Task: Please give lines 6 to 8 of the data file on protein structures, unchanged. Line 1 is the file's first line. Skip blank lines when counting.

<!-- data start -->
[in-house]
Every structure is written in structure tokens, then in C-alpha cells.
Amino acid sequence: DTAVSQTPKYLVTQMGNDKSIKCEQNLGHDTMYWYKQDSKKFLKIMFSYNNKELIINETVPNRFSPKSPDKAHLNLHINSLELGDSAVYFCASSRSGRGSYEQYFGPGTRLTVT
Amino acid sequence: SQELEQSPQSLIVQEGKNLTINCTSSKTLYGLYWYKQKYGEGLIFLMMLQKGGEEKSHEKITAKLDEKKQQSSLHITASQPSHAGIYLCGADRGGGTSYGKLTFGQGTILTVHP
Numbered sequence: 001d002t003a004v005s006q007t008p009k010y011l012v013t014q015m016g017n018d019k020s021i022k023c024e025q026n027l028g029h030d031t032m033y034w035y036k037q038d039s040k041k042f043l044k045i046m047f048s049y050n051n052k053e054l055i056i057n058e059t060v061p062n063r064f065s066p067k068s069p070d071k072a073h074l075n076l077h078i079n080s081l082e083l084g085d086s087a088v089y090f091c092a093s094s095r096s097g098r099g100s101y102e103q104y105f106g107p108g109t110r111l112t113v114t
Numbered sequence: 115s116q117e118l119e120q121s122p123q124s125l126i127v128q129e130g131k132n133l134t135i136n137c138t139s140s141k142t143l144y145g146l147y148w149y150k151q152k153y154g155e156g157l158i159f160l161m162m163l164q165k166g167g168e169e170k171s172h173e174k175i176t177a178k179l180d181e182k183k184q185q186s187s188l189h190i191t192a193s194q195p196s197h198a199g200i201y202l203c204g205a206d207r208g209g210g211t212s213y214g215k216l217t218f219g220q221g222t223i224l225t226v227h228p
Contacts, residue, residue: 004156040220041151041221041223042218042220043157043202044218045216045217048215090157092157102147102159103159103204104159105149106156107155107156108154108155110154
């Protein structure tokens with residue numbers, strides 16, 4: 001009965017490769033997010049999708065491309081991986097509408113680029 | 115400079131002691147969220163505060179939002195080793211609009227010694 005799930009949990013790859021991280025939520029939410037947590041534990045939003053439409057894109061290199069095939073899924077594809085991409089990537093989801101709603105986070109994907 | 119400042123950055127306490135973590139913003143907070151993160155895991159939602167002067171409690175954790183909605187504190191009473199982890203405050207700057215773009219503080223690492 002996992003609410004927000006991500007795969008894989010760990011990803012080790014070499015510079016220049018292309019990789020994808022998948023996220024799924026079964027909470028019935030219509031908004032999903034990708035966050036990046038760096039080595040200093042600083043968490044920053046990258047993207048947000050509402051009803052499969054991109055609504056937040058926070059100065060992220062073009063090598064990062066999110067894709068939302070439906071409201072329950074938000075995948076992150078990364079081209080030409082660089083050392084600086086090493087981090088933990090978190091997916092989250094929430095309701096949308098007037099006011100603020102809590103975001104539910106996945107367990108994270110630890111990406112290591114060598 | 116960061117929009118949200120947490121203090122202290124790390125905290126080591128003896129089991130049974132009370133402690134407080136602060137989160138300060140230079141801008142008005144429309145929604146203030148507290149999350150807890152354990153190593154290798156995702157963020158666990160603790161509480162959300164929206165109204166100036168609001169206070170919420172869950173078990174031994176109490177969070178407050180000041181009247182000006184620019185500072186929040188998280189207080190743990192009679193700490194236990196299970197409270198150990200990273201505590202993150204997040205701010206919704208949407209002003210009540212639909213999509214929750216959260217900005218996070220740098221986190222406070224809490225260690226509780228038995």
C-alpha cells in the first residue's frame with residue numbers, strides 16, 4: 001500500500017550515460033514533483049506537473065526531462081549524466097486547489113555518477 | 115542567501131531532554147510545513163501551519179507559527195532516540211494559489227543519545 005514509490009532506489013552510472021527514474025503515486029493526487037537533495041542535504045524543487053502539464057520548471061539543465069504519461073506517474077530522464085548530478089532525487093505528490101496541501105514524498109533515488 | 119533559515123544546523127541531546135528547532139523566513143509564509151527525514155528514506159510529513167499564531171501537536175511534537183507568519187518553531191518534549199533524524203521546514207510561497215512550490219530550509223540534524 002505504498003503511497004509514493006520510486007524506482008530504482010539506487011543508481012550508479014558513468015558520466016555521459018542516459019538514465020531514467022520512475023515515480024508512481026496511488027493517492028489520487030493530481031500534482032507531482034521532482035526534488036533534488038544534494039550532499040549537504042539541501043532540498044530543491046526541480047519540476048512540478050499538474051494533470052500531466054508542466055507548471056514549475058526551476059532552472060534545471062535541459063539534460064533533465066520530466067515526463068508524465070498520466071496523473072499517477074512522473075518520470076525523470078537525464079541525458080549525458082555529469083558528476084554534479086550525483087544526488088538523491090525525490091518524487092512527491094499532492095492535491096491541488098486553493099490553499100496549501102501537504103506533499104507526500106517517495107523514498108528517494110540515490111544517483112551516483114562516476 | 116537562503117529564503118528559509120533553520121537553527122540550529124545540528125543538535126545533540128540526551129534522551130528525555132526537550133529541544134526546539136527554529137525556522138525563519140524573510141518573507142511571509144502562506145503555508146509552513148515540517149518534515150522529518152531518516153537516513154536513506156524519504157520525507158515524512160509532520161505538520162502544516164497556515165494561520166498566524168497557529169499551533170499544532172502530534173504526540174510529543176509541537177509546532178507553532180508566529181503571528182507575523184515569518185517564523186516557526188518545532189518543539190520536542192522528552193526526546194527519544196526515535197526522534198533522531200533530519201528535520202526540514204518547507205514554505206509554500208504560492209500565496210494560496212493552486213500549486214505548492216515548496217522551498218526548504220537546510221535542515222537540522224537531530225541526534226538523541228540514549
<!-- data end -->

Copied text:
Numbered sequence: 115s116q117e118l119e120q121s122p123q124s125l126i127v128q129e130g131k132n133l134t135i136n137c138t139s140s141k142t143l144y145g146l147y148w149y150k151q152k153y154g155e156g157l158i159f160l161m162m163l164q165k166g167g168e169e170k171s172h173e174k175i176t177a178k179l180d181e182k183k184q185q186s187s188l189h190i191t192a193s194q195p196s197h198a199g200i201y202l203c204g205a206d207r208g209g210g211t212s213y214g215k216l217t218f219g220q221g222t223i224l225t226v227h228p
Contacts, residue, residue: 004156040220041151041221041223042218042220043157043202044218045216045217048215090157092157102147102159103159103204104159105149106156107155107156108154108155110154
């Protein structure tokens with residue numbers, strides 16, 4: 001009965017490769033997010049999708065491309081991986097509408113680029 | 115400079131002691147969220163505060179939002195080793211609009227010694 005799930009949990013790859021991280025939520029939410037947590041534990045939003053439409057894109061290199069095939073899924077594809085991409089990537093989801101709603105986070109994907 | 119400042123950055127306490135973590139913003143907070151993160155895991159939602167002067171409690175954790183909605187504190191009473199982890203405050207700057215773009219503080223690492 002996992003609410004927000006991500007795969008894989010760990011990803012080790014070499015510079016220049018292309019990789020994808022998948023996220024799924026079964027909470028019935030219509031908004032999903034990708035966050036990046038760096039080595040200093042600083043968490044920053046990258047993207048947000050509402051009803052499969054991109055609504056937040058926070059100065060992220062073009063090598064990062066999110067894709068939302070439906071409201072329950074938000075995948076992150078990364079081209080030409082660089083050392084600086086090493087981090088933990090978190091997916092989250094929430095309701096949308098007037099006011100603020102809590103975001104539910106996945107367990108994270110630890111990406112290591114060598 | 116960061117929009118949200120947490121203090122202290124790390125905290126080591128003896129089991130049974132009370133402690134407080136602060137989160138300060140230079141801008142008005144429309145929604146203030148507290149999350150807890152354990153190593154290798156995702157963020158666990160603790161509480162959300164929206165109204166100036168609001169206070170919420172869950173078990174031994176109490177969070178407050180000041181009247182000006184620019185500072186929040188998280189207080190743990192009679193700490194236990196299970197409270198150990200990273201505590202993150204997040205701010206919704208949407209002003210009540212639909213999509214929750216959260217900005218996070220740098221986190222406070224809490225260690226509780228038995």